He married a young local French Creole girl from the Rostant clan. He employed dozens of indentured Indian labourers and retrofitted the ancient factory shell with modern machinery, including vacuum pans for manufacturing crystals.
Located in the western section of Port-of-Spain, the capital of Trinidad, this community is best defined by its extremities: East - Colville Street (Lapeyrouse Cemetery); West - the Maraval River; North - Tragarete Road (the Queen's Park Oval); and South - Wrightson Road.
It has 32 streets, with two roads and one avenue that connect it to the other parts of the city.
A small estate office was erected in 1907 to collect land rents and is still to be seen on the southwestern corner below Murray Street playground, the site of the old sugar factory.
Streets were laid out which reflected the Siegert family-Carlos, Alfredo, Rosalino, Ana, Petra and Alberto.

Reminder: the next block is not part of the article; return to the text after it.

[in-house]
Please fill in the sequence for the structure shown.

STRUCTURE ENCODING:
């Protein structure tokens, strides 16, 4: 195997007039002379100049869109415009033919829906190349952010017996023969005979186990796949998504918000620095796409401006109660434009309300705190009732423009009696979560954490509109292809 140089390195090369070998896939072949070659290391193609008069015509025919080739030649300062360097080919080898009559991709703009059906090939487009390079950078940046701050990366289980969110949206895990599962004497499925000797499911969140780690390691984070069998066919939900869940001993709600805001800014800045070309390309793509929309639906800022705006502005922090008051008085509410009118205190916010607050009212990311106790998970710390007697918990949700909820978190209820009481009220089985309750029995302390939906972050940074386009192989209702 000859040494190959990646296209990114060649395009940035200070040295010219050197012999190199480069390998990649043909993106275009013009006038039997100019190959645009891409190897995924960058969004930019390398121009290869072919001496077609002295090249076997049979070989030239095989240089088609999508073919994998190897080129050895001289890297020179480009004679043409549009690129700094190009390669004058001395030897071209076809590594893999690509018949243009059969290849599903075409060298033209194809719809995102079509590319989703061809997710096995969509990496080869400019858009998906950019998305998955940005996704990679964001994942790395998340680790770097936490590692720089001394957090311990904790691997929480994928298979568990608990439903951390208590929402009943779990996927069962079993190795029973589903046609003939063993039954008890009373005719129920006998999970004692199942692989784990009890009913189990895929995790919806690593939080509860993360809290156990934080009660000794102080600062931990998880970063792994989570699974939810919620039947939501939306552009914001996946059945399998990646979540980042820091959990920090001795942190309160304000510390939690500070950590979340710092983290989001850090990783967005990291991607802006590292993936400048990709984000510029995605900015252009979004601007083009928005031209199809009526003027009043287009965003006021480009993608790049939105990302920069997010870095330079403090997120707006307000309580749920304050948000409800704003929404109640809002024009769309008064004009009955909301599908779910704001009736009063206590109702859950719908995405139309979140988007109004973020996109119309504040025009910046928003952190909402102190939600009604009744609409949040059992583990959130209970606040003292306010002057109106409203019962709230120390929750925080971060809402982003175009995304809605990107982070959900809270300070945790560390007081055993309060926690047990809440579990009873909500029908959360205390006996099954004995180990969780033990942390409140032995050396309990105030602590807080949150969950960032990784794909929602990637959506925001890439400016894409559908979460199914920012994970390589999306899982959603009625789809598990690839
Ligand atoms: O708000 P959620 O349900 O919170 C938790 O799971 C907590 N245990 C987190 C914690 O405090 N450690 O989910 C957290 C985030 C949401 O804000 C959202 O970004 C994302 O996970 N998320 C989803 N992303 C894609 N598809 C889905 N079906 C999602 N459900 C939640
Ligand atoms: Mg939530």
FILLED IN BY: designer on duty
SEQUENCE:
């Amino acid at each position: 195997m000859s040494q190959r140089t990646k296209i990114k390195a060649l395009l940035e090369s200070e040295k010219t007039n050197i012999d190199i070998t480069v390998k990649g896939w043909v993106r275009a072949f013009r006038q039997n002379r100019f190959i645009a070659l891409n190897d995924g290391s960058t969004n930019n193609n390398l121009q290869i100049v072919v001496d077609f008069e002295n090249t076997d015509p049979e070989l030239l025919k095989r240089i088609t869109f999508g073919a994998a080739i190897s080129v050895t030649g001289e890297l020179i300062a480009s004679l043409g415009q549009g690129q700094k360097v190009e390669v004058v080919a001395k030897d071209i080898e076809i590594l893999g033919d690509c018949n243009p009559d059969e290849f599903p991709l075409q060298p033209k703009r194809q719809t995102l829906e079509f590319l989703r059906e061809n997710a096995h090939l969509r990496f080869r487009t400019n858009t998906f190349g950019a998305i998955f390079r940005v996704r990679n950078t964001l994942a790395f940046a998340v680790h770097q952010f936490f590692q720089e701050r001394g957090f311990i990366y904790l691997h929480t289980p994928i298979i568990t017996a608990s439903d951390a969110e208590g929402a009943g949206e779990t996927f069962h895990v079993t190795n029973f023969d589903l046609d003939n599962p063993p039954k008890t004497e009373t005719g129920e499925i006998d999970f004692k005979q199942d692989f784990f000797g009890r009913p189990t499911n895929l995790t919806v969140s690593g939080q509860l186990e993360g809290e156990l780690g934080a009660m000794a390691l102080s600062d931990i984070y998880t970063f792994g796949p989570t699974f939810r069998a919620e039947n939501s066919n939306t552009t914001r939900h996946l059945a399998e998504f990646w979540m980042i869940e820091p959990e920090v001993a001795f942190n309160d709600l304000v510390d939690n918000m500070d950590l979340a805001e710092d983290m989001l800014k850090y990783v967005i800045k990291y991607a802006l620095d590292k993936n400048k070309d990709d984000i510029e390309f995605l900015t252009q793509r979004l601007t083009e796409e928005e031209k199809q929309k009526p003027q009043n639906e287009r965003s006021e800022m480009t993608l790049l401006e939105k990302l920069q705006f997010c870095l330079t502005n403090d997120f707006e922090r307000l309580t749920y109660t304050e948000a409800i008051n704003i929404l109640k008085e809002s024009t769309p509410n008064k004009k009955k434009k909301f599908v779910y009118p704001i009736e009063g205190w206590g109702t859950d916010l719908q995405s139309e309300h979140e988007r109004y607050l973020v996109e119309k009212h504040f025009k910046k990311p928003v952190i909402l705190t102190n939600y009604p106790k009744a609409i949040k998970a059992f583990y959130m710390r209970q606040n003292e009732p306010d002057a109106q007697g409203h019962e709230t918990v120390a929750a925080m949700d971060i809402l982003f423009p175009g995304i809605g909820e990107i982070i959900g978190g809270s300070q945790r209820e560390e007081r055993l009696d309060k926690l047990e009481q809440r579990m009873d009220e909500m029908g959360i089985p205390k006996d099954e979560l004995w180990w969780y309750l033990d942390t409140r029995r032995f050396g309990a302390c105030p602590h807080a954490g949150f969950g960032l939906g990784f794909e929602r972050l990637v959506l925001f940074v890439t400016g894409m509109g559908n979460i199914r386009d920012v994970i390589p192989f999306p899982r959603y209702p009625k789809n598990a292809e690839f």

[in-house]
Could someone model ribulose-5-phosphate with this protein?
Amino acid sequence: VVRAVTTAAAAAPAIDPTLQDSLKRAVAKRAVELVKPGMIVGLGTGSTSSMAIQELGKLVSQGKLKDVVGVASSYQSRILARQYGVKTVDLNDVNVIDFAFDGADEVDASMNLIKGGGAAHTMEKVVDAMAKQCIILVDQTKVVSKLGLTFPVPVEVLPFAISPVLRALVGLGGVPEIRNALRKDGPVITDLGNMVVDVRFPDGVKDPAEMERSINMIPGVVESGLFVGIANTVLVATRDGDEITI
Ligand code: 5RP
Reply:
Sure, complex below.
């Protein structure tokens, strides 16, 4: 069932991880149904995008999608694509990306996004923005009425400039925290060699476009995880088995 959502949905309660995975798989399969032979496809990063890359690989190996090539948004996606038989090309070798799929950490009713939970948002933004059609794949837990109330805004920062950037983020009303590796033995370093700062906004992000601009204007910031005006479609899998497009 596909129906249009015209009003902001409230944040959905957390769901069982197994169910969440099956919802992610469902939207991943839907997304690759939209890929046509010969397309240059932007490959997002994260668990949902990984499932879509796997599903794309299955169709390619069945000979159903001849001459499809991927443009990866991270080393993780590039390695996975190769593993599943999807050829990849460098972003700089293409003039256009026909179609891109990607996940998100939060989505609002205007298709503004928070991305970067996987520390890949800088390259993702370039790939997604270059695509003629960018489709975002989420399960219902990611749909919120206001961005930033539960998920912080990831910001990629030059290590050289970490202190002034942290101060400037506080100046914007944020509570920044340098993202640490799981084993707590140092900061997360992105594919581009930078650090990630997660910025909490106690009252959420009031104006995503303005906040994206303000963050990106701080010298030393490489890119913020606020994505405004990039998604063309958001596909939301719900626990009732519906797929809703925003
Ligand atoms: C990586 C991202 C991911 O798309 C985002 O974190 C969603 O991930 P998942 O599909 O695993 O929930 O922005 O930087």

This was a dish of Amerindian origin constituting the poisonous juice of bitter cassava (cassareep) infused with pepper (capsicum) and herbs to defuse its toxicity, stewed with meat and vegetables.
Pepperpot was an essential food in times before refrigeration, as the cassareep possessed preservative properties and thus the stew, if kept going over a slow fire, could literally keep edible for years, with the addition of fresh ingredients periodically.
"Woodbrook is best known today as being the liming capital of the island.
There is little reminder of the old days save the sprawling mass of Lapeyrouse Cemetery and the names of the streets.
These were for the local market, since they were cheap and popular, being essential as "browning" in creole cooking and as a key component of the cuisine of the many Venezuelans who were settling in the city at the point in time.
Speaking of food, Woodbrook was famous for its pepperpot.
The lots were snapped up since there was a new respectability in the area.